2cheese and walnut

At this point, some Jordanian cooks will float the qateyef briefly in a boiling attar bath.  I don’t do this because 1) they come out too sweet and 2) I can’t keep them from falling apart in the pot.  So I heated these in a pan in the toaster oven. Here is the attar that will get poured over them:


The ingredients are sugar, water, orange flower water, and lemon juice. I guessed at the proportions and it came out perfectly.  Put the warm qateyef on a plate and drench them with the attar. Then enjoy.  Many like to smoke an after iftar argila. This one has apple flavored tobacco (tufaa تفاحة ). The tobacco goes in the top, covered with aluminum foil with holes poked in it.  A glowing piece of charcoal is placed on the top.  In the U.S., argila charcoal is hard to come by, so many use self lighting charcoal that comes in commercially prepared rolls wrapped in aluminum foil.  All you do is remove one perfectly round piece of charcoal, hold it over a lighter or a burner until it is glowing, then put it on top of the aluminum foil.

4qadayef with argila

I am still missing a couple details for Ramadan.  For one thing I haven’t done any charitable works yet, so I will have to start sorting my clothes and find something to donate. The other thing is that one-thirtieth of the Koran is usually read every day, but it is done in a special mosque service called taraweh. The mosque is really too far away to participate in that–on a regular basis at least–so I may have to find a substitute reading activity. Already I have some ideas.

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Iftar إفطار means “breakfast” in Arabic (pronounced “IF-tar”).

During Ramadan, when the sun sets, it is traditional to break the fast with dates and water. (From sunup to sundown, one abstains from food, water, sex, and tobacco.) Then comes iftar–the evening “breakfast”–often served to large crowds as part of the daily charity requirement of Ramadan.

Here is a traditional Arab meal: pita bread “hobez” خبز , felafel فلافل , hommous حمّص‎ (with olive oil–zait zaytoon زيت زيتون and sumac السماق , a red powder–sprinkled on top), and black tea with fresh mint (shai na-na شاي بالنعناع ), the mint having been pilfered from my nicely spreading Jordanian mint plant (thank you, nameless mosque ladies) the last time I went across the street to my old landlord’s building to mow the lawn.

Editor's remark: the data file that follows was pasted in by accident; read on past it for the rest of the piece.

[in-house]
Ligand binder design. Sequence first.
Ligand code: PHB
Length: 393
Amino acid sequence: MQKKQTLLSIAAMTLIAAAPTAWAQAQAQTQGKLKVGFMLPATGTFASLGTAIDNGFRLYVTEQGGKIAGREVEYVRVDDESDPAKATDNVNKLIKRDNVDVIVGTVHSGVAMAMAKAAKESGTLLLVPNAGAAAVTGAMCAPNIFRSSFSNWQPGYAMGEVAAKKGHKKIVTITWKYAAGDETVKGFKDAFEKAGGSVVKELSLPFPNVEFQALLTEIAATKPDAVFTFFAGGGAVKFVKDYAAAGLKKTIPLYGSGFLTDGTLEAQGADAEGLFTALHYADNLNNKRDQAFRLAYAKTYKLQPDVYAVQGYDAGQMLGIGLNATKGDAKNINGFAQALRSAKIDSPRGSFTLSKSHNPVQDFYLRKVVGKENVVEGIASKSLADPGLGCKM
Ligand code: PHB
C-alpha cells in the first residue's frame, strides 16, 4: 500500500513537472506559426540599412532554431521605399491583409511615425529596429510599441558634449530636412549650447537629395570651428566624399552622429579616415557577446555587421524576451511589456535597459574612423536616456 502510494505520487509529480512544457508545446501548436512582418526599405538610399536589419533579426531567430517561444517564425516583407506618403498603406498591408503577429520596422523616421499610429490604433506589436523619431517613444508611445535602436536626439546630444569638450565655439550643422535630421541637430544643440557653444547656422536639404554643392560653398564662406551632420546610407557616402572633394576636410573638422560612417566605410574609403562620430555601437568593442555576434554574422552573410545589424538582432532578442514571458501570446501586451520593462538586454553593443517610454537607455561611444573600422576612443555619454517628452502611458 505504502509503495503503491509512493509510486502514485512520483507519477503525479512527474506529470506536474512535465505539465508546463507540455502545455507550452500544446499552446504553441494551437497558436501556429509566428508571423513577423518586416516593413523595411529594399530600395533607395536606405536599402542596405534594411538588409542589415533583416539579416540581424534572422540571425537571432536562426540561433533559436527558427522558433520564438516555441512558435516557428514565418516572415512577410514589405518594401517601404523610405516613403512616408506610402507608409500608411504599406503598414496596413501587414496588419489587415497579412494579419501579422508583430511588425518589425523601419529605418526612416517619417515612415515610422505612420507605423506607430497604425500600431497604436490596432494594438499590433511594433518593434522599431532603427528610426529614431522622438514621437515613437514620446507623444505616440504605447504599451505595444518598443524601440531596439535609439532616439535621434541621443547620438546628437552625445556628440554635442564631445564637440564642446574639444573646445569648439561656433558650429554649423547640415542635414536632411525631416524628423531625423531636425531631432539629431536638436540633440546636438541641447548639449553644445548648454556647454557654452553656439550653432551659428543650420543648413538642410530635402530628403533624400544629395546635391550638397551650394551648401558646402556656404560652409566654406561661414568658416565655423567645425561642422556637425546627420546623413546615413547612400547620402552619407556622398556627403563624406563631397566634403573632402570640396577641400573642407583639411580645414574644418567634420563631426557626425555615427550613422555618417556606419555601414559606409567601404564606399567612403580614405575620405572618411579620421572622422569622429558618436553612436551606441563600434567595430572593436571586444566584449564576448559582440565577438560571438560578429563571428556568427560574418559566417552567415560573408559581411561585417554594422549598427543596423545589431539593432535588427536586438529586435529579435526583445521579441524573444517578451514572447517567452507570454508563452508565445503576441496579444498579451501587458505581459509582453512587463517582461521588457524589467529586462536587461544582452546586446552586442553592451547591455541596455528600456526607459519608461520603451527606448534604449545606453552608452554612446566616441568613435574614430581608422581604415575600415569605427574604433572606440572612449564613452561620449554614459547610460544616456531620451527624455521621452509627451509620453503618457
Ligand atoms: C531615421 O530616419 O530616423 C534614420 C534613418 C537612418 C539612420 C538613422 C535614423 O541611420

There will be desert حلويات heluwayat, oh yeah.

Ramadan Kareem moon

I have finally gotten around to making a Ramadan Kareem image for my side bar.  This image of the moon is courtesy of NASA.ramadan kareem

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Ramadan Kareem – images

Ramadan Kareem. رمضان كريم

[The traditional greeting means “Ramadan is generous”.]

Some Ramadan images :

ramadan kareem

ramadan kareem mosque

ramadan tan1

Image credits:

#1 Yellow with mosque silhouette. Artist: Tarqdz.  More from the artist’s gallery.

#2  Sepia tones with mosque. Artist: Saeed33Gallery from same artist.

#3 Yellow with brown calligraphy. Artist: NABDH. More from the artist’s gallery.

Have been listening to this Ramadan Kareem animation playing on a loop.  The sound quality is surprisingly good–wish I knew what it was from.


Note: I am fasting today, the first day of Ramadan. (“The rest of the year is for you, Ramadan is for Allah.”) It’s easier when Ramadan falls in December, as it did when I lived in Jordan, and the sun sets earlier.

When is sunset?  According to Channel 9, today’s sunset is at 7:39 PM.  The Bridgeview mosque site says adhan at 7:43 (the call to prayer is when the fast can be broken–many the time I waited for the call to prayer to light up a cigarette at a Jordanian bus station) and the iqamah at 7:48 PM.  (The DC mosque I link to in my sidebar says adhan 7:57 PM, iqamah 8:07 PM) Technically the Koranic answer, which depends on neither websites nor wristwatches, says sundown is when a white thread cannot be distinguished from a black thread.

Since it can be difficult to stay occupied without eating or drinking (Moslems are also supposed to abstain from tobacco and sex), until sundown, here are my Ramadan links from other years–from a definitely non-Moslem perspective:

Insha ‘Allah (two examples of Salma Arastu’s calligraphy for Eid at the end of Ramadan)
Ramadan kareem, are you fasting? (image of King Hussein mosque in Amman)
Pokemon Eid cards?–what is going on in Pakistan (more Salma Arastu artwork thumbnails for Eid)
Fasting music for Ramadan–mystical planets (links to Gustav Holst downloads)
Spiritual recordings for Ramadan 2008 (explanation of duas and some dua links for YouTube and others)
Is the reward of goodness aught but goodness?-Koran translation and recitation (Koran portals and some links to recitations)